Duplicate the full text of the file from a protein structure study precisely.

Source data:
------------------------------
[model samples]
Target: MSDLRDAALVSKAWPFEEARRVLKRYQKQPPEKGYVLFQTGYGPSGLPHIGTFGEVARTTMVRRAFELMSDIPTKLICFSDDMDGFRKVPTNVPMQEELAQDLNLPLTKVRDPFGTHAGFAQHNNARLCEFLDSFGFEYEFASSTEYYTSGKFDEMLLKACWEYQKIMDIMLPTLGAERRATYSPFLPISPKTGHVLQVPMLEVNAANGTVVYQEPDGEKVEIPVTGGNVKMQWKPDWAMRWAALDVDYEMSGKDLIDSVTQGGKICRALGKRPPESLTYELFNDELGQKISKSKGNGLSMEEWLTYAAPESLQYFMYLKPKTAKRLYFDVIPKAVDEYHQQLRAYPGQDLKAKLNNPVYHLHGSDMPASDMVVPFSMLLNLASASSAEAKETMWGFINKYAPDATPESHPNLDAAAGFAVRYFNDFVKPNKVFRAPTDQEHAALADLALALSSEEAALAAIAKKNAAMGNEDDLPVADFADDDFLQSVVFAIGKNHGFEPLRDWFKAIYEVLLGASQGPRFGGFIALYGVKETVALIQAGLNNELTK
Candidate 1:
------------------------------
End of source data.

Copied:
[model samples]
Target: MSDLRDAALVSKAWPFEEARRVLKRYQKQPPEKGYVLFQTGYGPSGLPHIGTFGEVARTTMVRRAFELMSDIPTKLICFSDDMDGFRKVPTNVPMQEELAQDLNLPLTKVRDPFGTHAGFAQHNNARLCEFLDSFGFEYEFASSTEYYTSGKFDEMLLKACWEYQKIMDIMLPTLGAERRATYSPFLPISPKTGHVLQVPMLEVNAANGTVVYQEPDGEKVEIPVTGGNVKMQWKPDWAMRWAALDVDYEMSGKDLIDSVTQGGKICRALGKRPPESLTYELFNDELGQKISKSKGNGLSMEEWLTYAAPESLQYFMYLKPKTAKRLYFDVIPKAVDEYHQQLRAYPGQDLKAKLNNPVYHLHGSDMPASDMVVPFSMLLNLASASSAEAKETMWGFINKYAPDATPESHPNLDAAAGFAVRYFNDFVKPNKVFRAPTDQEHAALADLALALSSEEAALAAIAKKNAAMGNEDDLPVADFADDDFLQSVVFAIGKNHGFEPLRDWFKAIYEVLLGASQGPRFGGFIALYGVKETVALIQAGLNNELTK
Candidate 1: